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McGovern v. McGovern

January 8, 2009


The opinion of the court was delivered by: Spain, J.

Published by New York State Law Reporting Bureau pursuant to Judiciary Law § 431.

This opinion is uncorrected and subject to revision before publication in the Official Reports.

Calendar Date: November 14, 2008

Before: Cardona, P.J., Spain, Rose, Kavanagh and Stein, JJ.


Appeal from an order of the Family Court of Saratoga County (Hall, J.), entered December 10, 2007, which partially granted petitioner's application, in a proceeding pursuant to Family Ct Act article 6, to modify prior orders of custody.

Petitioner (hereinafter the mother), who resides in Alabama, and respondent (hereinafter the father), who resides in the Village of Ballston Spa, Saratoga County, are the parents of a son born in 1993. The son has lived with the father since July 2006. The parties apparently separated in 2005 and, after a trial in January 2006, the transcript for which is not in the record on appeal before us, Family Court denied the mother's request to relocate the son to North Carolina, where she and the son were then living, finding the mother had not met her burden of proof to warrant that relocation (hereinafter the March 2006 relocation order)*fn1. The father was awarded custody unless the mother returned to Saratoga County; the son returned to live with his father in July 2006. By petition dated October 4, 2006, the mother then residing in Alabama moved pro se to modify the custody order, which resulted in a stipulated order of custody entered June 12, 2007 providing for joint legal custody, primary physical custody with the father and six weeks of summer and other parenting time with the mother, who bore the expenses for transporting the son for parenting time (hereinafter the June 2007 stipulated order).

Thereafter, the mother filed a petition dated May 31, 2007, as supplemented by amended petition dated October 1, 2007, to modify the custody order, seeking physical custody of the son during the school year with summer parenting time for the father. She alleged, among other things, that the father undermined her parenting role by denigrating her to the son, and that the father has refused to treat the son's attention disorder resulting in him failing several subjects.

Family Court conducted hearings in September and November, 2007, at which only the mother and son testified; despite the seriousness of the allegations, the father did not testify or call any witnesses. At the close of proof, the Law Guardian argued that while the son loves his dad, his emotional and physical needs were not being met living with him, and that he "desperately" wanted to resume living with his mother, with whom he shared a "rare" emotional bond. The Law Guardian stressed the father's failure to continue the son's medication or seek medical care or to address his psychological needs.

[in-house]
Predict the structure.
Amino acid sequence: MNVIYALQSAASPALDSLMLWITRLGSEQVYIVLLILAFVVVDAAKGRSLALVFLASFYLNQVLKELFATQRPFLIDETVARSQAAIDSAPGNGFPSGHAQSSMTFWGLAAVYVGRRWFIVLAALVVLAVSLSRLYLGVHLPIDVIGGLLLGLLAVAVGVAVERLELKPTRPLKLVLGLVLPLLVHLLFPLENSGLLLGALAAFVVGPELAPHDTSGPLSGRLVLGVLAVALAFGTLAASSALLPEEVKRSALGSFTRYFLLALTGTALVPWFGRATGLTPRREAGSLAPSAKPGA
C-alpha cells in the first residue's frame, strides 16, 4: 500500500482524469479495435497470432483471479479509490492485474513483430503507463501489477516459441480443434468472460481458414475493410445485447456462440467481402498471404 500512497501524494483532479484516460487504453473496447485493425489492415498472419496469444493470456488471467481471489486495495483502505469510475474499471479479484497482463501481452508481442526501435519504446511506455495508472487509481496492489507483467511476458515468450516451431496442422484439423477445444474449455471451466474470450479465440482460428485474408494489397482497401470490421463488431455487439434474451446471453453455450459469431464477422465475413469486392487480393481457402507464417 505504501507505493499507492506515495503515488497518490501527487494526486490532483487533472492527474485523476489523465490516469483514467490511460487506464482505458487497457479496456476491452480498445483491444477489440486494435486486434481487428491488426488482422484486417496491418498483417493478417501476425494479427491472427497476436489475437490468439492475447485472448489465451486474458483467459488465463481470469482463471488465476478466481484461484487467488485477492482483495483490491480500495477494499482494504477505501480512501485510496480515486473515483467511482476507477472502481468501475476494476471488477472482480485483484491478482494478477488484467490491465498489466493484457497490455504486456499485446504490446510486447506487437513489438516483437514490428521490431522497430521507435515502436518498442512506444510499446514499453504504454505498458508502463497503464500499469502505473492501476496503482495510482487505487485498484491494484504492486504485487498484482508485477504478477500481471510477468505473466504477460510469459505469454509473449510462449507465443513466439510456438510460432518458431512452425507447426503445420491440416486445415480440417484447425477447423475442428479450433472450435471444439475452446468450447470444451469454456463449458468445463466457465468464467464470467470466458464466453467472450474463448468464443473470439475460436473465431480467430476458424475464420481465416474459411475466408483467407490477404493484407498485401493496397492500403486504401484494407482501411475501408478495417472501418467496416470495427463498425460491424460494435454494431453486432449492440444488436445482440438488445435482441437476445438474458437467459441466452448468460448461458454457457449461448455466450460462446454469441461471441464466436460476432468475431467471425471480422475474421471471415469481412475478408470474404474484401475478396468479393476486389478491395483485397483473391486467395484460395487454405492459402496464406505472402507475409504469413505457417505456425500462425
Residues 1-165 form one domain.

Family Court fully credited the mother's and son's testimony, including that the father had made disparaging remarks to him about the mother and had failed, for unexplained reasons, to give him his prescribed medication, and accepted the Law Guardian's representation that he wanted to return to his mother's home during the school year. The court noting that "this is a closer case . . . than most" found that there had not been a sufficient change in circumstances to justify a residential change for the son, but found sufficient proof to warrant modification by the addition of conditions requiring, among others, the father to ensure that the son receives his prescribed medications and medical and dental care.

On appeal, the mother, supported by the Law Guardian, argues that Family Court's decision denying a change in physical custody lacks a sound and substantial basis. To begin, while ordinarily the change of circumstances analysis is limited to the time period since the last custody order (see Posporelis v Posporelis, 41 AD3d 986, 988 [2007]) i.e., the June 2007 stipulated order under the circumstances presented, we find that Family Court providently exercised its discretion in considering proof of changes since the March 2006 relocation order (see e.g. Matter of Bodrato v Biggs, 274 AD2d 694, 694-695 [2000]). The court explained that the mother's consent to the June 2007 stipulated order was merely an acknowledgment of the deficiencies in her pro se petition and did not constitute a concession that no substantial change had occurred regarding the son since his return to the father (in July 2006). Also, the June 2007 stipulated order would, in any event, be entitled to less weight than an order issued following a hearing (see Matter of Kilmartin v Kilmartin, 44 AD3d 1099, 1101 [2007]).